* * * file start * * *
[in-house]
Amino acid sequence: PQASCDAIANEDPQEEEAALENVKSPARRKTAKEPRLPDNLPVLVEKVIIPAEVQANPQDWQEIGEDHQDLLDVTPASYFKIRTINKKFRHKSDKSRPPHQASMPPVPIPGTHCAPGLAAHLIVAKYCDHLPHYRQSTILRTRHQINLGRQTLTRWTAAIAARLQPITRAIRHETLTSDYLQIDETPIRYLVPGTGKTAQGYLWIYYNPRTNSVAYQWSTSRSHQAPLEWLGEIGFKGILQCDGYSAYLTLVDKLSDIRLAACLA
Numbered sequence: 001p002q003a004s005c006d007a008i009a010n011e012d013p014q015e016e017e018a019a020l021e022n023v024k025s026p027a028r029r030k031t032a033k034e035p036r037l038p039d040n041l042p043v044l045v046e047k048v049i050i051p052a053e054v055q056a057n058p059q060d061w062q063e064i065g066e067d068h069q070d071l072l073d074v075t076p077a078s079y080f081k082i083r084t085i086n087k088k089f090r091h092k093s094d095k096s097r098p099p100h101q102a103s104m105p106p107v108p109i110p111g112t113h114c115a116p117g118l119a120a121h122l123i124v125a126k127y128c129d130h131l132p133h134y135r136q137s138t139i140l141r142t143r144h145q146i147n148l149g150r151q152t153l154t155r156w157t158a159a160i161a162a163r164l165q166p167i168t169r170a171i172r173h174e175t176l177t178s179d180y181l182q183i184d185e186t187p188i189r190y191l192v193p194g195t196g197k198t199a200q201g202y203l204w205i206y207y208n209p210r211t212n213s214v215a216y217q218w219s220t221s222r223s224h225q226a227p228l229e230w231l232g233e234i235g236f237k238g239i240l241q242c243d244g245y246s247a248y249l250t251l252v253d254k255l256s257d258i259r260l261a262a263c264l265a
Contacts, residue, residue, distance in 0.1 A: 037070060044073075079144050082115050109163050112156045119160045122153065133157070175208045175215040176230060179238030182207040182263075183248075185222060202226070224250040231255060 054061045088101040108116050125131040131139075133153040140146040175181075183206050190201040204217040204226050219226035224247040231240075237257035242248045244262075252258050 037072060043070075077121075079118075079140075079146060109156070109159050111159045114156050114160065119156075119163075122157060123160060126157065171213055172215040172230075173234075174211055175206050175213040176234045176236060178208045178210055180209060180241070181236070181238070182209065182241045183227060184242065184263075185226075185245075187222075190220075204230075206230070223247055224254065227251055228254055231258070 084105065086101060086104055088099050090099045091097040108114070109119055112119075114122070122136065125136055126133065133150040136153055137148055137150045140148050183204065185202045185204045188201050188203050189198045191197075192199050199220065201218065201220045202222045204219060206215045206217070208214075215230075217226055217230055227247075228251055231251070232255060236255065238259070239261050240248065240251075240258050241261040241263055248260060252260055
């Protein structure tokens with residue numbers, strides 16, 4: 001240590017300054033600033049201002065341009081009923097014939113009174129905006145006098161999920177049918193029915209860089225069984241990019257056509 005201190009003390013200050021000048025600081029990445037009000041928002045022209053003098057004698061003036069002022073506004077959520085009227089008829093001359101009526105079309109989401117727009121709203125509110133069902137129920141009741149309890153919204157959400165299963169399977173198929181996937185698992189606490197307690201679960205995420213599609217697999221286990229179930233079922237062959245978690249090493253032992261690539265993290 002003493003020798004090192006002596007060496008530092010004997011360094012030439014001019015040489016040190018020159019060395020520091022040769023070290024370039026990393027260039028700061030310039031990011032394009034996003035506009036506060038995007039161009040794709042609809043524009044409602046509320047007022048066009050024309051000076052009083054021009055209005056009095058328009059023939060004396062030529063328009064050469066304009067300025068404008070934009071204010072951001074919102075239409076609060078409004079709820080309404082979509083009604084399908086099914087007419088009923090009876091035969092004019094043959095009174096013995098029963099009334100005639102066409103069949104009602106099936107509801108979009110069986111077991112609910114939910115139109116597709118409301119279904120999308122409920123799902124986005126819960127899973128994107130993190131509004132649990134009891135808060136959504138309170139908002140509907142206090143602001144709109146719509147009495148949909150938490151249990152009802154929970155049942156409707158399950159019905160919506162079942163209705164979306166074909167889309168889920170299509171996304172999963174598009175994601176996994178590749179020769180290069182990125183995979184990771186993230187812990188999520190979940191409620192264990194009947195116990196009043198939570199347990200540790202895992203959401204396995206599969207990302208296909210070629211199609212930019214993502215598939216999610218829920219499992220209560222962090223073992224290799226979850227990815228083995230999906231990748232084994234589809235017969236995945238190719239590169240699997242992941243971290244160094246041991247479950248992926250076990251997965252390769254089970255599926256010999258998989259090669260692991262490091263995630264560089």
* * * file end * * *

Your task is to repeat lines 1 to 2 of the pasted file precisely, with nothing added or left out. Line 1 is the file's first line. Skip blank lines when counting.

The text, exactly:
[in-house]
Amino acid sequence: PQASCDAIANEDPQEEEAALENVKSPARRKTAKEPRLPDNLPVLVEKVIIPAEVQANPQDWQEIGEDHQDLLDVTPASYFKIRTINKKFRHKSDKSRPPHQASMPPVPIPGTHCAPGLAAHLIVAKYCDHLPHYRQSTILRTRHQINLGRQTLTRWTAAIAARLQPITRAIRHETLTSDYLQIDETPIRYLVPGTGKTAQGYLWIYYNPRTNSVAYQWSTSRSHQAPLEWLGEIGFKGILQCDGYSAYLTLVDKLSDIRLAACLA